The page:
So take my hand and let's go roamin' through the heather on the hill.
When I looked up the lyrics to this song the line, "Out where there's a hillside of heather, curtsyin' gently in the breeze." particularly stood out to me. So much so in fact that I was inspired to paint this self portrait of myself.
This scene in Brigadoon is really quite stunning as Gene Kelly and Cyd Charisse dance through the fields of heather. Cyd's dress is utterly gorgeous as it flares in colors of red and gold, and good old Gene is as smooth and charismatic as ever. I watched this movie years and years ago as a young girl, and although the rest of the movie has faded from memory that scene has left a deep imprint on my mind. Perhaps it was the repetitious use of my name throughout the song that engrained this scene so strongly in my memory.
Not so Dainty
Heather flowers are extremely adaptable. The can survive an impressive range of moisture levels, from swampy bogs, to acid soils in open woodlands. They typically grow in heaths, moors, and grasslands whose soil is not known for its plentiful nutrients. It is an exceptionally hearty plant, able to withstand extreme weather conditions from temperatures ranging from -18 F to 100 F. Their bark is among the toughest in the world for both trees and shrubs.
To be completely honest I’m a bit of a wimp when it comes to upper body strength. I am ashamed whenever I come up red faced and huffing completing after a measly one or two pushups, and I have never been able to accomplish a full pull up. I may be slightly pathetic when it comes to muscle mightiness, but fortunately for me there are other forms of strength. Like the heather flower I can be quite adaptable. I have lived in several places among different cultures across the United States, ranging from the hills of Appalachia to the deserts neighboring Navajo reservations in Arizona. I have always been able to do reasonably well in every place I’ve ever lived. I make friends easily. I adapt well to my surroundings. I am able to do what is necessary to secure my own happiness no matter where I live.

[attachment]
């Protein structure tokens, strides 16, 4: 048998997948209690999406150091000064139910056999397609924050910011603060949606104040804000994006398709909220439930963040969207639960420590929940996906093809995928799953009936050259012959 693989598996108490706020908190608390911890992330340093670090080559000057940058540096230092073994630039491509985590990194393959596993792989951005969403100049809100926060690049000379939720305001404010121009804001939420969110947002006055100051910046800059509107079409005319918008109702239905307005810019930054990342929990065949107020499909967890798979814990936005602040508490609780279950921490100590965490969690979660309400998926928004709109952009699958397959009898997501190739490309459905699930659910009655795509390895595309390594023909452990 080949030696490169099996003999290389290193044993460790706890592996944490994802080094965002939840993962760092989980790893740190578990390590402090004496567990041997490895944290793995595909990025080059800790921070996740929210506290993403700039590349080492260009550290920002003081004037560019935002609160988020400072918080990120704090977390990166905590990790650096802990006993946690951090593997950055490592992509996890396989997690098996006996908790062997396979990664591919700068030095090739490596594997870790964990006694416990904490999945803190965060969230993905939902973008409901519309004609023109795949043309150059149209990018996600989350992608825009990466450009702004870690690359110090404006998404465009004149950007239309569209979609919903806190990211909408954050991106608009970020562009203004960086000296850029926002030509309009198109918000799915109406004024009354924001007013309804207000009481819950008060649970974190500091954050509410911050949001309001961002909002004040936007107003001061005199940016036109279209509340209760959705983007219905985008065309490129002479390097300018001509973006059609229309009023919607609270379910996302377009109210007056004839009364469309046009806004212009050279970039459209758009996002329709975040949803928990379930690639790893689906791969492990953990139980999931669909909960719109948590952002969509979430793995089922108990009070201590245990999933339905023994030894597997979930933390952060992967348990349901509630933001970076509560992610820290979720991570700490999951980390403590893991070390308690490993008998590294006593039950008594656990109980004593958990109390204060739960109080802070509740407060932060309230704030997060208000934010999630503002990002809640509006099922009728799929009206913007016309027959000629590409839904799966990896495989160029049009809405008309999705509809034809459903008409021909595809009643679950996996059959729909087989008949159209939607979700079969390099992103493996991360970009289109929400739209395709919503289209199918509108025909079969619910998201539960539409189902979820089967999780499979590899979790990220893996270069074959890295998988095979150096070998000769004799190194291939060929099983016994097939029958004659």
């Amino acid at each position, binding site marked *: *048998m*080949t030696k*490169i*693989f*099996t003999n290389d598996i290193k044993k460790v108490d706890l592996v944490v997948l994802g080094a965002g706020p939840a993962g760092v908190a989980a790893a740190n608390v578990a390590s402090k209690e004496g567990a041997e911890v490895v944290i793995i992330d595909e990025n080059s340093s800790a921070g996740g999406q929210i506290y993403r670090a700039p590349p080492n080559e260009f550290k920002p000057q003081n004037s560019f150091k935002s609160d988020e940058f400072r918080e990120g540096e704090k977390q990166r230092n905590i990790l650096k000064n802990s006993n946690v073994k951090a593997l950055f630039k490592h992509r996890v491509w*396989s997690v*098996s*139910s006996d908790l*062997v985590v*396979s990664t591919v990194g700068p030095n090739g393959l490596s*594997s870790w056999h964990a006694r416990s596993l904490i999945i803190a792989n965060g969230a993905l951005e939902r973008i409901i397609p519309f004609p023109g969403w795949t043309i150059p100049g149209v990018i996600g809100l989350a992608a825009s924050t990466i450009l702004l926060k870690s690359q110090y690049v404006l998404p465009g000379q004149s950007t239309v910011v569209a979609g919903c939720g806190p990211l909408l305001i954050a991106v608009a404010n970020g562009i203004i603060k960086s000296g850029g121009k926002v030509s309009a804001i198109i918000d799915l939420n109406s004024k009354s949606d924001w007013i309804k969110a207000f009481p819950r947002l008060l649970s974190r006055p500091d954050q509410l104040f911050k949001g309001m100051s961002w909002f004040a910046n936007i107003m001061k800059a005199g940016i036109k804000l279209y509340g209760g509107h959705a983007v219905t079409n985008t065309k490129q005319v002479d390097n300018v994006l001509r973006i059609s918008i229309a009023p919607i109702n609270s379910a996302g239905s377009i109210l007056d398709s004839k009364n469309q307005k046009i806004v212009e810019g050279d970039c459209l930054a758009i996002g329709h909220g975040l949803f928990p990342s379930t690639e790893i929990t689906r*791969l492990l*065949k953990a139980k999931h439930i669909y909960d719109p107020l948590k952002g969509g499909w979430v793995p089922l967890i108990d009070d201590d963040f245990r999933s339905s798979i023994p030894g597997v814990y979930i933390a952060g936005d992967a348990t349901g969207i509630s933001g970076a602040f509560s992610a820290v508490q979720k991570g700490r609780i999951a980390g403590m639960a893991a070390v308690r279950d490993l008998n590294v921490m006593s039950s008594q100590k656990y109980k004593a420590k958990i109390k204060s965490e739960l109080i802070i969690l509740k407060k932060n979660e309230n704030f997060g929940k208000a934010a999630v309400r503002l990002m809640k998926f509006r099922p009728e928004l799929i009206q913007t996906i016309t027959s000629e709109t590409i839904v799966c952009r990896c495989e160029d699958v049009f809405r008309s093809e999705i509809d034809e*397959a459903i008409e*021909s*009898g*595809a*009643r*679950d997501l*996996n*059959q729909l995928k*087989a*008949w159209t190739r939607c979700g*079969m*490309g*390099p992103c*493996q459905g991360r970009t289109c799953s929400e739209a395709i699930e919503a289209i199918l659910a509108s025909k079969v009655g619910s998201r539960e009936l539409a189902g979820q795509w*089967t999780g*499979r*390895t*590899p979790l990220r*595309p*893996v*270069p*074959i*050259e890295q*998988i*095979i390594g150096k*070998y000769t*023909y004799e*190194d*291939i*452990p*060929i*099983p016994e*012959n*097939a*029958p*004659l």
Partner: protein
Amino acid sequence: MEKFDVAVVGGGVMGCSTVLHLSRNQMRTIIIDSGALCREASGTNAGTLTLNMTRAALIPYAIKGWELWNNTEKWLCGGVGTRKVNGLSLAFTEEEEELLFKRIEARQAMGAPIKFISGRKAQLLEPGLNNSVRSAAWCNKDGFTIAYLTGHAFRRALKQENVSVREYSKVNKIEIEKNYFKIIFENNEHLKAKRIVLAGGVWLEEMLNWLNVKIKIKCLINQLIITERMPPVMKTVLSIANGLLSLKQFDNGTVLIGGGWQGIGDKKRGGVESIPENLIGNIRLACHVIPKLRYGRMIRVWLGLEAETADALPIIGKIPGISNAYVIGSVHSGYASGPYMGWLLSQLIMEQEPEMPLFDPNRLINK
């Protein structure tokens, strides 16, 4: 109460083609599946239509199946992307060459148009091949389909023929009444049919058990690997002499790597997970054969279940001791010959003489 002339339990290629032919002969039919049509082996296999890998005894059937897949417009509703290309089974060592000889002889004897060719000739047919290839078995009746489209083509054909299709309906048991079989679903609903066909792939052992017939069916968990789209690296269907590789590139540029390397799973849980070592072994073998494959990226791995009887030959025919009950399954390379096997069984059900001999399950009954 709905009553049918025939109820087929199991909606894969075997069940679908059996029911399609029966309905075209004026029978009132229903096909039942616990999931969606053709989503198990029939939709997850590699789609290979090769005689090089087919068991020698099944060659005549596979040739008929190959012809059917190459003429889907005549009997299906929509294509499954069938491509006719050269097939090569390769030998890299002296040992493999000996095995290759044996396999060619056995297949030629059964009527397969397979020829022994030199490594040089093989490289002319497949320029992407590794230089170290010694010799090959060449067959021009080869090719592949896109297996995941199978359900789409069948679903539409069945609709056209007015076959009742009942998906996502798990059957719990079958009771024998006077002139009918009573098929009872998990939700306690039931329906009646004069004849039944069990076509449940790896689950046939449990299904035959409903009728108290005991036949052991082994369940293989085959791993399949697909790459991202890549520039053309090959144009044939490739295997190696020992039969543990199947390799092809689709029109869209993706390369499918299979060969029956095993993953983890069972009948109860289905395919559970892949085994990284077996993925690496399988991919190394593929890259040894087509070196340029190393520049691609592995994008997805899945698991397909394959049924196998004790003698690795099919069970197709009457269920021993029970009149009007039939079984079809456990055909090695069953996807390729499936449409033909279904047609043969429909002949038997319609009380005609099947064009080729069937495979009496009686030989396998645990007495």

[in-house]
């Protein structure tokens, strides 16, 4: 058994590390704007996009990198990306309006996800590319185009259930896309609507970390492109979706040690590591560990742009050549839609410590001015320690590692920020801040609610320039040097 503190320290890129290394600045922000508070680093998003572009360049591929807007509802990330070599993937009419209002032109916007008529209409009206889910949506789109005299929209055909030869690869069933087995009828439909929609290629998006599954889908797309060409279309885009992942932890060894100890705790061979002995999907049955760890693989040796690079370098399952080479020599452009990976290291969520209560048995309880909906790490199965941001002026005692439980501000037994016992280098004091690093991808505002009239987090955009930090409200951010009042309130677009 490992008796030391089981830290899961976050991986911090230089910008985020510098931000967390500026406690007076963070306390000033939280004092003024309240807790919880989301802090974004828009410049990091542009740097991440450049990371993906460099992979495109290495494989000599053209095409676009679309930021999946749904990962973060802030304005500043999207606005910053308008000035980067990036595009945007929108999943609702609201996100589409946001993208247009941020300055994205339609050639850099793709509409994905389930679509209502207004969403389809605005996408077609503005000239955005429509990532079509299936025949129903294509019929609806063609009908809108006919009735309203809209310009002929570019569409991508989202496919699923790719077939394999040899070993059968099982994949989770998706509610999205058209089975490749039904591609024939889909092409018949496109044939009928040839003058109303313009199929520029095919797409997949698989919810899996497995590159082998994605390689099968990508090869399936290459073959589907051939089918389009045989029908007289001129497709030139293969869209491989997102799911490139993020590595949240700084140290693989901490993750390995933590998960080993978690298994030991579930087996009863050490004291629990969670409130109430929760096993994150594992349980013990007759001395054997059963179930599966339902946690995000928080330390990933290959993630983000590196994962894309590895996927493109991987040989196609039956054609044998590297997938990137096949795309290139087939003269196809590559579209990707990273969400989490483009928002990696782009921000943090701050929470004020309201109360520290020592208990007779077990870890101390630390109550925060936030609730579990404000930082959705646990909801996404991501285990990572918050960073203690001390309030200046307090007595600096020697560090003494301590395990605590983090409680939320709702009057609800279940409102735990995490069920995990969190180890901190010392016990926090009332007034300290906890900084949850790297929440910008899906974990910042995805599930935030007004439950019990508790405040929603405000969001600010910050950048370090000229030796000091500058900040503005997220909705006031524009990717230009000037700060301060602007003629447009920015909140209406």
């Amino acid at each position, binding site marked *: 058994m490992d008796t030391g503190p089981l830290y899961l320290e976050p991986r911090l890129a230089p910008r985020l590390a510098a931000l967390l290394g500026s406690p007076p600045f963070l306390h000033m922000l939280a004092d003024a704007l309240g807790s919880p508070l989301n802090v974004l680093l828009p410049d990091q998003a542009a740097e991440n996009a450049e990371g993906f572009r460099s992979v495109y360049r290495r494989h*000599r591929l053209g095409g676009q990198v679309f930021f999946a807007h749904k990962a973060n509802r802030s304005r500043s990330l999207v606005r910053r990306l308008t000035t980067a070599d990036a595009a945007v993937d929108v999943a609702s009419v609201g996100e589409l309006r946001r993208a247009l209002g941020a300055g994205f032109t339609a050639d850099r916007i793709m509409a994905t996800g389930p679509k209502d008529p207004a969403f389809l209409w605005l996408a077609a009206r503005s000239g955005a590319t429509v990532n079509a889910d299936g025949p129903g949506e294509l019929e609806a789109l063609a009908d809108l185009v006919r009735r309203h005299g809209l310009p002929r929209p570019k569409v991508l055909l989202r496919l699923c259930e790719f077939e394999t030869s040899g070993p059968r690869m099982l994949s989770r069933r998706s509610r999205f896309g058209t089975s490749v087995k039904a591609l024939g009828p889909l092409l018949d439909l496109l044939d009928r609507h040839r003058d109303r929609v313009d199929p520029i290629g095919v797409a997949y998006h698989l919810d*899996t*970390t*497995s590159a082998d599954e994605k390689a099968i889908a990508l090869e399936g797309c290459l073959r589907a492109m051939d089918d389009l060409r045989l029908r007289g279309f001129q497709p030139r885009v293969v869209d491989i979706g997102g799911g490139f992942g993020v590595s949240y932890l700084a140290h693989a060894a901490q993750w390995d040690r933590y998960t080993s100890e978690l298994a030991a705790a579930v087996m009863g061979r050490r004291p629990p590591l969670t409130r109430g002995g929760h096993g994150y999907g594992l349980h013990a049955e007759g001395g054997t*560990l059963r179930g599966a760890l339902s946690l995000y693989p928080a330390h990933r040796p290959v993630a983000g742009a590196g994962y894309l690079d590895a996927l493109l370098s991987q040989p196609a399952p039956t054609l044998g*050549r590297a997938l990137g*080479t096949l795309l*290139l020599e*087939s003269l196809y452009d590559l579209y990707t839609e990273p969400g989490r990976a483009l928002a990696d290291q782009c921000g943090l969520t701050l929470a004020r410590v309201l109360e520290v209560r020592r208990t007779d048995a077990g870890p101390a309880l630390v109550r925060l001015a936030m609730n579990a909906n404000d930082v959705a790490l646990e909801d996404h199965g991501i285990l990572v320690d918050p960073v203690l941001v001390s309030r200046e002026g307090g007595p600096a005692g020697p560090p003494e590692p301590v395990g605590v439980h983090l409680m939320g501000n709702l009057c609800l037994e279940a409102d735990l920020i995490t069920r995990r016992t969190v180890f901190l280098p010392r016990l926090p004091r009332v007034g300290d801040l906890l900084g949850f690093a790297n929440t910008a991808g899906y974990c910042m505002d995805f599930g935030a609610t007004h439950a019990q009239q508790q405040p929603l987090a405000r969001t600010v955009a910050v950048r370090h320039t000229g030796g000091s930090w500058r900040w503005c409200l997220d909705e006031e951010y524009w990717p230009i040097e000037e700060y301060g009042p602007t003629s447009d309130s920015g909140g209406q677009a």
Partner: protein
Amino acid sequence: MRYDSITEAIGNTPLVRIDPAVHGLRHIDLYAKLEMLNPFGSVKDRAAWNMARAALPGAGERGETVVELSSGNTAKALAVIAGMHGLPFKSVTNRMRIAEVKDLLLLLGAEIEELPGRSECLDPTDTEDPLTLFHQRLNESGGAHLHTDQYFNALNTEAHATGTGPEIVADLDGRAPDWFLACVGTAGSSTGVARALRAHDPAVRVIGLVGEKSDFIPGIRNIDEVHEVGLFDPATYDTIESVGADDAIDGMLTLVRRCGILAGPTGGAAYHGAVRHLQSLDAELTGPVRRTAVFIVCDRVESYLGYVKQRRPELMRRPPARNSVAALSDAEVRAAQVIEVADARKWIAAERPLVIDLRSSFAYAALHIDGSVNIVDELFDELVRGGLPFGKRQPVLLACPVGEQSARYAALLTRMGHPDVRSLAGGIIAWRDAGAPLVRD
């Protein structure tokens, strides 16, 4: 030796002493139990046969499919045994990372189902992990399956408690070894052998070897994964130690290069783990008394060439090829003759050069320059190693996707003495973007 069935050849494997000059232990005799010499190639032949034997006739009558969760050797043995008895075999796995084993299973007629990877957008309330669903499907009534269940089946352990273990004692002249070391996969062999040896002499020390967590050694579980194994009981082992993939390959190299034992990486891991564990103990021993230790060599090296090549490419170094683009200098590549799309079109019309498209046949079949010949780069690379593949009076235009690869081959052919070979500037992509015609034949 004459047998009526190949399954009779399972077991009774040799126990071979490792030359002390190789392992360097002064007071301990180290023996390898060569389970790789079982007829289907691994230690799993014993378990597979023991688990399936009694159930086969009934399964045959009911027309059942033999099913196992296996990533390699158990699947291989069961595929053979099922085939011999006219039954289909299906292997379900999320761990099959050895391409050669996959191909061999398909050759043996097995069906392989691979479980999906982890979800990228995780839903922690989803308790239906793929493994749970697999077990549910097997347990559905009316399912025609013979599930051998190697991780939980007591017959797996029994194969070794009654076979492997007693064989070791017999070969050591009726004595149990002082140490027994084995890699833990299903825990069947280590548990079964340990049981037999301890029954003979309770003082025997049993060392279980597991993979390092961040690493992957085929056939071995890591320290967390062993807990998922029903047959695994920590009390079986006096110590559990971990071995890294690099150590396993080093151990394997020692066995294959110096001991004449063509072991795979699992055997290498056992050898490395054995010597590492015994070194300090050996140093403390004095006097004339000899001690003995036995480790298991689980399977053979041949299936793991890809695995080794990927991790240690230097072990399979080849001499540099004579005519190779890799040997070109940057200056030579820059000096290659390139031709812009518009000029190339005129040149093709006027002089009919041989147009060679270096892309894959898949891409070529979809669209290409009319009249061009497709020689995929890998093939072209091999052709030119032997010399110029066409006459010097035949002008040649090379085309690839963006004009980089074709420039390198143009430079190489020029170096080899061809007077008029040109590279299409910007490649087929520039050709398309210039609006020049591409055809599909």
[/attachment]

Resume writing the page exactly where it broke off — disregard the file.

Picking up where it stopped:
Heather plants have many practical uses. In fact, it’s scientific name, Calluna vulgaris, means to “clean” or to “brush.” Which indeed seems appropriate considering people once used to make brooms out of heather. But that’s not all! Scottish Highlanders cemented heather and heath stems with peat mud in order to build their huts. They also used it for bedding, basket weaving, and herbal remedies for coughs, arthritis, and rheumatism.
Oh the Irony!
As a child my parents tried to teach me the importance of keeping the household tidy. They gave me daily chores such as making my bed, cleaning the bathrooms, and doing the dishes. Unfortunately I have not carried these habits into adulthood. I am married, with a two-year old son and still I live like a college student. I make my bed approximately once a year, clean out the fridge every six months, and sweep the floors about once a week. It’s bad. I think I need to rethink my priorities. It’s ironic that my namesake’s scientific name means “to clean” because that is my least favorite activity in the whole world!
What’s in a Name?
As you can see my name is very suitable to my personality in some ways, and rather contrary in others. I’m sure if you do as much research on the meaning of your name as I have done on mine you will come to a similar conclusion. Our names don’t determine who we are. That is as it should be. As a parent I would hate to be placed with that much responsibility! Still, names are fun. I encourage everyone to reflect on their own names and do a bit of research. You may be surprised by what you find.